The Italian Antitrust Authority (AGCM) punished Techmania S.r.l., a tech e-commerce company – already penalised by the Authority in the past – having found it in breach of Articles 20, 24, 25(d) and 61 of the Italian Consumer Code, which deal with the prohibition of unfair and aggressive commercial practices against consumers (including the imposition of barriers by the trader to the exercise of consumers’ contractual rights) and grant consumers the right to terminate the contract and receive reimbursement if goods that they purchase via distance selling are not delivered within 30 days.

The proceeding started pursuant to dozens of customer complaints received by the Authority between June and September 2015, reporting the Company’s failure to meet reimbursement requests following the failed delivery of products that had been purchased online and paid for upfront.

Techmania defended itself by arguing that the number of complaints showed a decrease over time, that most of such complaints had been solved in the meantime and, in any event, that they only represented a marginal share of the company’s global business volume. It also said that it had set up an expensive customer care service which, while it was able to promptly notify customers in case of delays in deliveries, could not directly process any reimbursements, should they be required.

The Authority found these defences irrelevant and noted the unfairness of the company’s commercial practices. It pointed out that the company regularly engaged in selling goods that were neither in stock at the time of sale, nor ordered and shipped to consumers in a reasonable timeframe, finding that the number of occurrences showed this to be the consequence of “a huge organisational and managerial deficit“, and not just a temporary supply difficulty.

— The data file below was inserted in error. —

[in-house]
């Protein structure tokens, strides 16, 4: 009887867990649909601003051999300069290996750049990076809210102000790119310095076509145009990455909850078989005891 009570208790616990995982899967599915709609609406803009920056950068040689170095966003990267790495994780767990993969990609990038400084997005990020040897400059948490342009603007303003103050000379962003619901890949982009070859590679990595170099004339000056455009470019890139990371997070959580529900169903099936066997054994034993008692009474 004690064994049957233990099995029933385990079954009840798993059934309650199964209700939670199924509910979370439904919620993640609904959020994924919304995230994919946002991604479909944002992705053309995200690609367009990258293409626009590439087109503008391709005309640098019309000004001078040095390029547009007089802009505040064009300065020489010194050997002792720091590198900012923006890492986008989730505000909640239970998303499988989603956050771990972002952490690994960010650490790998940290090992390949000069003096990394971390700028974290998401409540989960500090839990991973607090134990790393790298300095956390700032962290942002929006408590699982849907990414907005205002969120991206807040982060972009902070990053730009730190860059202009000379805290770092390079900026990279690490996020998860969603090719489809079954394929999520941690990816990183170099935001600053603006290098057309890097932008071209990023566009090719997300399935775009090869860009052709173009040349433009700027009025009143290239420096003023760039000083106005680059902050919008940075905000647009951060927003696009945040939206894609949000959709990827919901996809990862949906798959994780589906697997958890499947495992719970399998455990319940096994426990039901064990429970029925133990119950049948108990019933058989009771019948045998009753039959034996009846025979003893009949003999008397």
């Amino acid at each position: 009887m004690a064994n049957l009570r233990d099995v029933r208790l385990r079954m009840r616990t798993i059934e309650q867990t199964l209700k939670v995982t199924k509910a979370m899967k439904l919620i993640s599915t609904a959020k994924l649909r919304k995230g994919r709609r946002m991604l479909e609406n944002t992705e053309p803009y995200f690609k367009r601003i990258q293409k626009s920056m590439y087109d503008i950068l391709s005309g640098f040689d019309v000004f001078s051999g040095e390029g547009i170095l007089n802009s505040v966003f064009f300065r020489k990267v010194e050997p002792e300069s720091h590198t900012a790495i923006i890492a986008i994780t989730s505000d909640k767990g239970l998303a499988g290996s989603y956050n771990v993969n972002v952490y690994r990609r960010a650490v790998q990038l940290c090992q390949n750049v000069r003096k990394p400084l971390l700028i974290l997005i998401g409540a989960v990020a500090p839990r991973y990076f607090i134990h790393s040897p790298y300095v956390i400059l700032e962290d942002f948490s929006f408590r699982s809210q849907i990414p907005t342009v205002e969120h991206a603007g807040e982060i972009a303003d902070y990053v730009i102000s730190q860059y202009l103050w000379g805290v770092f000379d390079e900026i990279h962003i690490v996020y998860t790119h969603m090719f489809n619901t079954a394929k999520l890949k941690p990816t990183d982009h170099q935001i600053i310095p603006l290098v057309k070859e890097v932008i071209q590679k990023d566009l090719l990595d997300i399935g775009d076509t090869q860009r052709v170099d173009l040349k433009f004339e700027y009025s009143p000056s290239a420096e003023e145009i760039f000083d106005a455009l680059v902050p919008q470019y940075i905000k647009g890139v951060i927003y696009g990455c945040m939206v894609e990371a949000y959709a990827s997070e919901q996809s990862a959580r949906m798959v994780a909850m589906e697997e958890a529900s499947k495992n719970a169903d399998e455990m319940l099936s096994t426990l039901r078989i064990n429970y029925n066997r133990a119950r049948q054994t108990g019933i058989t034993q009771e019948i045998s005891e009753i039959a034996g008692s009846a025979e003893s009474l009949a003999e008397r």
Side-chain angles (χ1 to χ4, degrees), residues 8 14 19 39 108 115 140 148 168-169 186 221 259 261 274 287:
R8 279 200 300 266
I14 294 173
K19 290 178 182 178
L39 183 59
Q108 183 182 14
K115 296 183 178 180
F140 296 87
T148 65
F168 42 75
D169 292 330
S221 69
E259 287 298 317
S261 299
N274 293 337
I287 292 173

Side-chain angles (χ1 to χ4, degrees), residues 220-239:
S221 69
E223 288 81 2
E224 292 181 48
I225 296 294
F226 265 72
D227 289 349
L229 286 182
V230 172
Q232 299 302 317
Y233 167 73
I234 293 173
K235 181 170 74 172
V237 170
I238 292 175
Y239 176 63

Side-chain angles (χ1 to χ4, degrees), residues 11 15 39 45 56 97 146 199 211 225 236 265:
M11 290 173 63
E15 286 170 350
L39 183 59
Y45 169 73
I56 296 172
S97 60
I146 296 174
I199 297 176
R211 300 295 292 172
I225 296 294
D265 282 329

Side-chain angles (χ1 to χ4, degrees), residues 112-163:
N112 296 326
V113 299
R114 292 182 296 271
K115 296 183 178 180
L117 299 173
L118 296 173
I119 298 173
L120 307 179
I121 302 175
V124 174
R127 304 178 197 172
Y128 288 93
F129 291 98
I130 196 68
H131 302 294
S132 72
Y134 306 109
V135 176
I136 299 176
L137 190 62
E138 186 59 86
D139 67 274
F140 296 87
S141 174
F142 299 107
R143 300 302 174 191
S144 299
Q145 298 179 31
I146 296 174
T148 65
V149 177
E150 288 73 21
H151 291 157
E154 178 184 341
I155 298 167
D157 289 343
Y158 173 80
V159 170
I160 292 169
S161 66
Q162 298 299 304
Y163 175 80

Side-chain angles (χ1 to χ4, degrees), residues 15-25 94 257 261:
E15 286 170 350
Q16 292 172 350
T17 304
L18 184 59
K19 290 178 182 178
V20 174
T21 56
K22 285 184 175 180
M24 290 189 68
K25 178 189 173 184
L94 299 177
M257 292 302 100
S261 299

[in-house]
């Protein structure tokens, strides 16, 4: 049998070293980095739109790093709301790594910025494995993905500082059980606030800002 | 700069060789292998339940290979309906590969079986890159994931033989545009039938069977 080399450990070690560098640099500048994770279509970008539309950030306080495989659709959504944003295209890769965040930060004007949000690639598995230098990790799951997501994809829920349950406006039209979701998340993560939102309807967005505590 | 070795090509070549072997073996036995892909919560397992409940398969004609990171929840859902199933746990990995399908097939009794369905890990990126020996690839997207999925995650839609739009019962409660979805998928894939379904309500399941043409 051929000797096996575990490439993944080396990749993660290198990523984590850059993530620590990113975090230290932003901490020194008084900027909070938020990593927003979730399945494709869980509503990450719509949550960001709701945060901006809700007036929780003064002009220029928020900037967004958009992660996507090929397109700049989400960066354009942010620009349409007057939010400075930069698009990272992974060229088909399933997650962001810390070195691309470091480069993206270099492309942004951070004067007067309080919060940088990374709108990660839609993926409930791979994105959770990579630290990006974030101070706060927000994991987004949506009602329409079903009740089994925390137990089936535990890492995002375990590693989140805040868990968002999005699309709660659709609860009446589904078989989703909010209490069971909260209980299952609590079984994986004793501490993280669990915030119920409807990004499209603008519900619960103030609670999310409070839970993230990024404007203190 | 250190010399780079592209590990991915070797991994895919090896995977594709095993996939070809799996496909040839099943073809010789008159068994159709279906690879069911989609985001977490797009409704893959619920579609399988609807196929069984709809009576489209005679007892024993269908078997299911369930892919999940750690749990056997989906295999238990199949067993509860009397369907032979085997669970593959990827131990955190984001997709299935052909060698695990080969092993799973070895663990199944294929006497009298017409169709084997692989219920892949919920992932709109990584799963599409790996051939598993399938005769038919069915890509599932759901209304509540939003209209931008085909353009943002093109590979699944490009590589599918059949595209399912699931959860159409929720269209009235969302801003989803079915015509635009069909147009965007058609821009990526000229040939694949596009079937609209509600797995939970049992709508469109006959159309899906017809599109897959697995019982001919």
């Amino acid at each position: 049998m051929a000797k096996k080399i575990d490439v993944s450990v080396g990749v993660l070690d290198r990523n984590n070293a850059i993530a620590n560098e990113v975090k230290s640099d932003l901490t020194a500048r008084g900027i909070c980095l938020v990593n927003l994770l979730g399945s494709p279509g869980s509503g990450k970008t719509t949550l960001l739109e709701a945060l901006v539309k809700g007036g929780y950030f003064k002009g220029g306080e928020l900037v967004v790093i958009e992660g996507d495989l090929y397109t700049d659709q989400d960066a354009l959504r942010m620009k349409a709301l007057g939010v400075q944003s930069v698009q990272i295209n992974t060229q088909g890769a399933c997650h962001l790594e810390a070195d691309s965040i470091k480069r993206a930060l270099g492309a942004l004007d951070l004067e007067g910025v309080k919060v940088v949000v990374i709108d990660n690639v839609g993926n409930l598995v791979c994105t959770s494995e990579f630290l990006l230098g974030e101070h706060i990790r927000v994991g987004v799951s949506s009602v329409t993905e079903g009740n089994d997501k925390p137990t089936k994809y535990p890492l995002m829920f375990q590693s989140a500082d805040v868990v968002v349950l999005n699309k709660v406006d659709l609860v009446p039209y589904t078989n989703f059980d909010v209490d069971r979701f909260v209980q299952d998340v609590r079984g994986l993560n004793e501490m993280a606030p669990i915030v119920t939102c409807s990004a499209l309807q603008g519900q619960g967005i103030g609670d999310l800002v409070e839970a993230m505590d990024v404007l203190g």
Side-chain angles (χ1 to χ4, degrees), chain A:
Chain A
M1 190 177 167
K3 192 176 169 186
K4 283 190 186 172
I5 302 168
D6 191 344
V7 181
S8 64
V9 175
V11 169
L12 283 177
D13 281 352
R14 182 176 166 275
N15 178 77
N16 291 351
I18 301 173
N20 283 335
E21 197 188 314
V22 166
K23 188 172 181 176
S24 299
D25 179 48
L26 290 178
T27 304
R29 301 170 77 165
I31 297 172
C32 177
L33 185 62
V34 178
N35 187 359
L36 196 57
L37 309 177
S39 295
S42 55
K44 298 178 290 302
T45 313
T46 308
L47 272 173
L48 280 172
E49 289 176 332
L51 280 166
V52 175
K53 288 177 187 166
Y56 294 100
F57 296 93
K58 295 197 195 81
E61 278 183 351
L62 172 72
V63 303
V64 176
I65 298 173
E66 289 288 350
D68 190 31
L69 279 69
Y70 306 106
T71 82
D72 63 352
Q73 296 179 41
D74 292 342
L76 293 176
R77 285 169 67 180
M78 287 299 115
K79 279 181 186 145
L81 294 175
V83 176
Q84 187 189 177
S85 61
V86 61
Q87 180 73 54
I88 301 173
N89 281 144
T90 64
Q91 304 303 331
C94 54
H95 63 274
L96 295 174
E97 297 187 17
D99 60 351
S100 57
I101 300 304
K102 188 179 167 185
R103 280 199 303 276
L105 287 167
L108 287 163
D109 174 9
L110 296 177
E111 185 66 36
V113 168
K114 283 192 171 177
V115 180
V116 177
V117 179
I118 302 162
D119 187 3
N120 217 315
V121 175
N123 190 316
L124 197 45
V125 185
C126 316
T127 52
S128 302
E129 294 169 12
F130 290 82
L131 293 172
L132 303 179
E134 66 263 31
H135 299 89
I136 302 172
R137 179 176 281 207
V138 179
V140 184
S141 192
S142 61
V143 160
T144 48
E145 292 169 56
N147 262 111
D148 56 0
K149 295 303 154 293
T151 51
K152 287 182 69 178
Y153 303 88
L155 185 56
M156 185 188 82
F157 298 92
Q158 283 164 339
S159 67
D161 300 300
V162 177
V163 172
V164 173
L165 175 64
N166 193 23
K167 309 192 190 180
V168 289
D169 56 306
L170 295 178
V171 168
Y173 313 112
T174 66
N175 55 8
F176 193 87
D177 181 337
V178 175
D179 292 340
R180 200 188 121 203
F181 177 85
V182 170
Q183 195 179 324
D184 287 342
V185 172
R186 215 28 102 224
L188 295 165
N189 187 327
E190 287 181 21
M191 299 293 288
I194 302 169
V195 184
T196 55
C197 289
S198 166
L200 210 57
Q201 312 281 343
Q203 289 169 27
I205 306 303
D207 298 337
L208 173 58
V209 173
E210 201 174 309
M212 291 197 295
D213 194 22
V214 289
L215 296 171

With regard to the failed reimbursements, the Authority observed that there were “countless proofs of delays, of delaying tactics, of standardised, evasive and elusive replies, given by the trader to consumers“, having in the Authority’s opinion the sole purpose of hindering consumers in recovering the amounts unlawfully withheld by the former, when, instead, the reimbursements due upon the reasonable cancellation of an order should have been immediate and automatic.

This revealed in the Authority’s view “a clear professional strategy, aimed at attracting consumers with offers of products sold at extremely affordable prices, causing them to purchase and pay up front without then proceeding to delivery (…) artificially withholding or delaying the return of amounts paid“. This was further demonstrated, according to the Authority, by the fact that the only customers reimbursed were those with the most vehement reactions.

In addition, the Authority found these practices to have “a high degree of offensiveness, since the website is still active and as such capable (…) taking into account the exponential growth of online sales and the characteristics of the offers advertised by the professional – i.e. technology products with attractive prices – of reaching a high number of consumers“, who are thus induced “to take a commercial decision that they otherwise would not take“.

Based on all the above, the Authority ordered the immediate suspension of the online sale of unavailable products as well upfront payment for products not in stock and issued an administrative penalty (from € 10,000 up to € 5,000,000) in case of failure to comply.

It should be noted that, a few days after the publication of this decision, a notice of seizure by the Guardia di Finanza (Italian Tax and Custom Police), acting under the direction of the Public Prosecutor of Salerno, appeared on the homepage of the company’s website. According to the press, this far more punitive measure arose from a criminal investigation for fraud. The author however has no direct knowledge of the criminal case and is thus unable to confirm the accuracy of this news.